Peter Bing, MD, (pictured right) is a nationally- renowned philanthropist and public health expert. Dr. Bing served as executive director of the National Advisory Commission on Health Manpower during the Johnson Administration and has made significant contributions to the Dana-Farber Cancer Institute in Boston (DFCI) to support research on Waldenström’s Macroglobulinemia (WM), a rare and chronic type of slow-growing, non-Hodgkin’s lymphoma.
Founded in 1999, the WM program at DFCI was officially designated as the Bing Center for Waldenström’s Macroglubulinemia in 2005 in honor of Dr. Bing. Steven Treon, MD, PhD, (pictured left) is the director of the Bing Center, which aims to advance understanding of the cause of WM and to pursue novel therapies.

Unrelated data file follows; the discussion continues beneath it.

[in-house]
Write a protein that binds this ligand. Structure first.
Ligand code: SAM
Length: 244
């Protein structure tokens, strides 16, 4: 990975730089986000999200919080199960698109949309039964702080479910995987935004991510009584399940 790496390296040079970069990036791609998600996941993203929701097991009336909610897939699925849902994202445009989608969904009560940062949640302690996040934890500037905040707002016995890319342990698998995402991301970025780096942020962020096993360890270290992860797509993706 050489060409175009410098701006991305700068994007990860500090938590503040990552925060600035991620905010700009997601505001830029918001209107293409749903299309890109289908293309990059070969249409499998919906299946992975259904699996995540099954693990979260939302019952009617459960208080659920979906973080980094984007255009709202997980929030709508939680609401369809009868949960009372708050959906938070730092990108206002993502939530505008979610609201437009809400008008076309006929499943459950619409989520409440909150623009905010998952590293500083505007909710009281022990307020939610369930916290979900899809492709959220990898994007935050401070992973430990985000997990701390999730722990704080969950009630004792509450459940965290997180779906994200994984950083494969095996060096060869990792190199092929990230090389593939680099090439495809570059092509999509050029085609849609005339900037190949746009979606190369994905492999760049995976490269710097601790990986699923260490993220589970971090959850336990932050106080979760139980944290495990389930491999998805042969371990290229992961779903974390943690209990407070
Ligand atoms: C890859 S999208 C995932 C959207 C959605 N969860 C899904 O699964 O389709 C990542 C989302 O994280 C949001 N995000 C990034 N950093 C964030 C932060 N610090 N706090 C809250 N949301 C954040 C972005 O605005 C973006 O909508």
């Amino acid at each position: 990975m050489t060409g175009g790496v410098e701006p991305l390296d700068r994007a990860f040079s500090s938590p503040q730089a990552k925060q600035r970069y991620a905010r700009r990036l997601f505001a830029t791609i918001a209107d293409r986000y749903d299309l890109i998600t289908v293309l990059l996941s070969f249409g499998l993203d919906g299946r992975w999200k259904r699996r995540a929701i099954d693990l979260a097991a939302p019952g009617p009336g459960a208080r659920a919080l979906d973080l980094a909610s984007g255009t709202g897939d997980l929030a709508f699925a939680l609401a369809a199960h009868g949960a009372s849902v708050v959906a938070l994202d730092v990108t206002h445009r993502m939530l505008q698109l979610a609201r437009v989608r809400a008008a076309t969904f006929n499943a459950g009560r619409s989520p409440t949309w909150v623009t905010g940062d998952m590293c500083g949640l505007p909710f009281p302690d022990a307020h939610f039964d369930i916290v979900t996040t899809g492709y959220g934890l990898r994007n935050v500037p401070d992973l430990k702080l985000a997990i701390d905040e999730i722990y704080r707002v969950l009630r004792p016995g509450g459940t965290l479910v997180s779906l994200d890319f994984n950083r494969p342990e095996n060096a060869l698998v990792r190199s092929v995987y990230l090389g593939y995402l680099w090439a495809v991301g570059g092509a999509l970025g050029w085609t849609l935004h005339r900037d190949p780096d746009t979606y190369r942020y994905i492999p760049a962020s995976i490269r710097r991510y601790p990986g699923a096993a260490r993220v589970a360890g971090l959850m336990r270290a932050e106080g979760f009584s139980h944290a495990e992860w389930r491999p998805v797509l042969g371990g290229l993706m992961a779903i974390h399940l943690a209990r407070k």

The Bing Center is the largest referral center for this disease and attracts patients from all over the world. The center focuses on research, clinical trials, and patient and physician education. Its research accomplishments include defining the incidence and clinicopathological characteristics of the familial form of WM, which affects about 20 percent of WM patients. Dr. Treon and his team recently announced the identification of a gene mutation that underlies most cases of WM. The discovery of this mutation will now enable researchers to develop targeted therapies for the treatment of WM. The groundbreaking research on this rare cancer undertaken by Dr. Treon with the generous support of Dr. Bing is truly remarkable.